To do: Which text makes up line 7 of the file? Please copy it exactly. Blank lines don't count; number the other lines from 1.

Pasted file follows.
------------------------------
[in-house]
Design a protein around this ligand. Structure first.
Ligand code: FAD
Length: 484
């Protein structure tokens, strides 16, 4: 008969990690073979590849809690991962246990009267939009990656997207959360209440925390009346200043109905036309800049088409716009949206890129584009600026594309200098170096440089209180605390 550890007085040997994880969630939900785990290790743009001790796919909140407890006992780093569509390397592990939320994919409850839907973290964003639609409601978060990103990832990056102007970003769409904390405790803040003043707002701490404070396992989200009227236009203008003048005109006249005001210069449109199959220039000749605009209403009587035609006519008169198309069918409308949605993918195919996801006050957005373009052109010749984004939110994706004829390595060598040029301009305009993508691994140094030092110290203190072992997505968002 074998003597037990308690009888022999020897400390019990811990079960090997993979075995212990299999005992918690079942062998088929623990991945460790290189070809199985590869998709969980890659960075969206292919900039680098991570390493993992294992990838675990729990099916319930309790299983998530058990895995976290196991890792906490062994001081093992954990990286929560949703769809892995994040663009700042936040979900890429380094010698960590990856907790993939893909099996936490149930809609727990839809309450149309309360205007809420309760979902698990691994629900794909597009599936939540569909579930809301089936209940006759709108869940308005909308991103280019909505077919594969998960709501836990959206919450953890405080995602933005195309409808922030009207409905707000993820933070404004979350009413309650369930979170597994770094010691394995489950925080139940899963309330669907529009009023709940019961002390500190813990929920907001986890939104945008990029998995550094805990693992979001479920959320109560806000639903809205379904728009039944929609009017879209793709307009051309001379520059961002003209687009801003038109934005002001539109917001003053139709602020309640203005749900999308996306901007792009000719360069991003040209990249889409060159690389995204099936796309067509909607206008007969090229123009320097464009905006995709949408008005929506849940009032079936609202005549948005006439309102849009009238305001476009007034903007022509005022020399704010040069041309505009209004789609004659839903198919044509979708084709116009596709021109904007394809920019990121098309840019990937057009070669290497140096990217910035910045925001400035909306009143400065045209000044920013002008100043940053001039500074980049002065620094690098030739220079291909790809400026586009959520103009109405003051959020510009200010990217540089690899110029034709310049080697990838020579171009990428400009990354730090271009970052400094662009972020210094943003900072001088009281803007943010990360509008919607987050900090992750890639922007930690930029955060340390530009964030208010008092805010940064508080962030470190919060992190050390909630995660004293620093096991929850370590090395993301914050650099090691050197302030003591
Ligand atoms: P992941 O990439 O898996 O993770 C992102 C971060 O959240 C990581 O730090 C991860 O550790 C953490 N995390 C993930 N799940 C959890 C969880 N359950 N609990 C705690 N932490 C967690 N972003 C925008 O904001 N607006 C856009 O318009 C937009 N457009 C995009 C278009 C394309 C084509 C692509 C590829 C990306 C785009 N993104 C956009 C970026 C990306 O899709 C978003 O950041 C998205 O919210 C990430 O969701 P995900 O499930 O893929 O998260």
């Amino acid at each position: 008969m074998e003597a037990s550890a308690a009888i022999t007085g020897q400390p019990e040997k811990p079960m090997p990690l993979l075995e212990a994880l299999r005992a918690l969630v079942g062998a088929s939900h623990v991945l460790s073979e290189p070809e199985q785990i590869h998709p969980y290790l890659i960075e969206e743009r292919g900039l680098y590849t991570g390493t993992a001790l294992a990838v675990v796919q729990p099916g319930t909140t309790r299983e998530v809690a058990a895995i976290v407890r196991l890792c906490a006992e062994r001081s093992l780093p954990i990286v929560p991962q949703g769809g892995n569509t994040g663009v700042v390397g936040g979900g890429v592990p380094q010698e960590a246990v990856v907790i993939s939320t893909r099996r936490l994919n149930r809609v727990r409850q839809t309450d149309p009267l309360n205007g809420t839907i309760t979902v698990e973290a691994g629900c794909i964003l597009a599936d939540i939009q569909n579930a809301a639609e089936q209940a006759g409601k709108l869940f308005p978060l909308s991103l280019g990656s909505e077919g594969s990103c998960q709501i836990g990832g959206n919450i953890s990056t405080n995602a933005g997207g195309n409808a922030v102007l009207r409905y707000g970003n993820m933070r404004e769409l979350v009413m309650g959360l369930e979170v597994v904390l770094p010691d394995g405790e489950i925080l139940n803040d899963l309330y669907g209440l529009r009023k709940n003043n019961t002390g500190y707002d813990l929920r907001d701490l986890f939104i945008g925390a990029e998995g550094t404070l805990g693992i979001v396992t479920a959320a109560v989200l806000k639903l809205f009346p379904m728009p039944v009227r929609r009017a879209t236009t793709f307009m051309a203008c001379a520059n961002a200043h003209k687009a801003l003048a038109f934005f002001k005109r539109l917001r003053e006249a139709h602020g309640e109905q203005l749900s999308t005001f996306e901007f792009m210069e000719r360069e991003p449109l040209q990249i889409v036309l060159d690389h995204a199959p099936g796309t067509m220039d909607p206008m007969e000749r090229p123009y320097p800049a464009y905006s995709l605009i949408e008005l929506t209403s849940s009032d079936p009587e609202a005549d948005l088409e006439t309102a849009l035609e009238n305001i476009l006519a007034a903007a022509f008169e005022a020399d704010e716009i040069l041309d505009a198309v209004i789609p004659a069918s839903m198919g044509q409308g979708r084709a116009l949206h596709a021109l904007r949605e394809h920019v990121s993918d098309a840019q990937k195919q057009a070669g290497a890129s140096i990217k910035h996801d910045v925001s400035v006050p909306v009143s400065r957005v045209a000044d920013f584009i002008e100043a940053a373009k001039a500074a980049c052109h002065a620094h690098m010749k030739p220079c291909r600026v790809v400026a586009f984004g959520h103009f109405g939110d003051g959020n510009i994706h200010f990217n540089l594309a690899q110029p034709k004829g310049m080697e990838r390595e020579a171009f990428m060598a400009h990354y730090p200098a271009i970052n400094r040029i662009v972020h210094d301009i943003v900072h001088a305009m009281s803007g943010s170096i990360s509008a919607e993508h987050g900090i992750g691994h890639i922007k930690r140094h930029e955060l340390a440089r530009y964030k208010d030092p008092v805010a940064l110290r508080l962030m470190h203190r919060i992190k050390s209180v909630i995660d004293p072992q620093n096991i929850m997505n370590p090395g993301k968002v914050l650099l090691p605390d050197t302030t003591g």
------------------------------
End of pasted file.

């Amino acid at each position: 008969m074998e003597a037990s550890a308690a009888i022999t007085g020897q400390p019990e040997k811990p079960m090997p990690l993979l075995e212990a994880l299999r005992a918690l969630v079942g062998a088929s939900h623990v991945l460790s073979e290189p070809e199985q785990i590869h998709p969980y290790l890659i960075e969206e743009r292919g900039l680098y590849t991570g390493t993992a001790l294992a990838v675990v796919q729990p099916g319930t909140t309790r299983e998530v809690a058990a895995i976290v407890r196991l890792c906490a006992e062994r001081s093992l780093p954990i990286v929560p991962q949703g769809g892995n569509t994040g663009v700042v390397g936040g979900g890429v592990p380094q010698e960590a246990v990856v907790i993939s939320t893909r099996r936490l994919n149930r809609v727990r409850q839809t309450d149309p009267l309360n205007g809420t839907i309760t979902v698990e973290a691994g629900c794909i964003l597009a599936d939540i939009q569909n579930a809301a639609e089936q209940a006759g409601k709108l869940f308005p978060l909308s991103l280019g990656s909505e077919g594969s990103c998960q709501i836990g990832g959206n919450i953890s990056t405080n995602a933005g997207g195309n409808a922030v102007l009207r409905y707000g970003n993820m933070r404004e769409l979350v009413m309650g959360l369930e979170v597994v904390l770094p010691d394995g405790e489950i925080l139940n803040d899963l309330y669907g209440l529009r009023k709940n003043n019961t002390g500190y707002d813990l929920r907001d701490l986890f939104i945008g925390a990029e998995g550094t404070l805990g693992i979001v396992t479920a959320a109560v989200l806000k639903l809205f009346p379904m728009p039944v009227r929609r009017a879209t236009t793709f307009m051309a203008c001379a520059n961002a200043h003209k687009a801003l003048a038109f934005f002001k005109r539109l917001r003053e006249a139709h602020g309640e109905q203005l749900s999308t005001f996306e901007f792009m210069e000719r360069e991003p449109l040209q990249i889409v036309l060159d690389h995204a199959p099936g796309t067509m220039d909607p206008m007969e000749r090229p123009y320097p800049a464009y905006s995709l605009i949408e008005l929506t209403s849940s009032d079936p009587e609202a005549d948005l088409e006439t309102a849009l035609e009238n305001i476009l006519a007034a903007a022509f008169e005022a020399d704010e716009i040069l041309d505009a198309v209004i789609p004659a069918s839903m198919g044509q409308g979708r084709a116009l949206h596709a021109l904007r949605e394809h920019v990121s993918d098309a840019q990937k195919q057009a070669g290497a890129s140096i990217k910035h996801d910045v925001s400035v006050p909306v009143s400065r957005v045209a000044d920013f584009i002008e100043a940053a373009k001039a500074a980049c052109h002065a620094h690098m010749k030739p220079c291909r600026v790809v400026a586009f984004g959520h103009f109405g939110d003051g959020n510009i994706h200010f990217n540089l594309a690899q110029p034709k004829g310049m080697e990838r390595e020579a171009f990428m060598a400009h990354y730090p200098a271009i970052n400094r040029i662009v972020h210094d301009i943003v900072h001088a305009m009281s803007g943010s170096i990360s509008a919607e993508h987050g900090i992750g691994h890639i922007k930690r140094h930029e955060l340390a440089r530009y964030k208010d030092p008092v805010a940064l110290r508080l962030m470190h203190r919060i992190k050390s209180v909630i995660d004293p072992q620093n096991i929850m997505n370590p090395g993301k968002v914050l650099l090691p605390d050197t302030t003591g």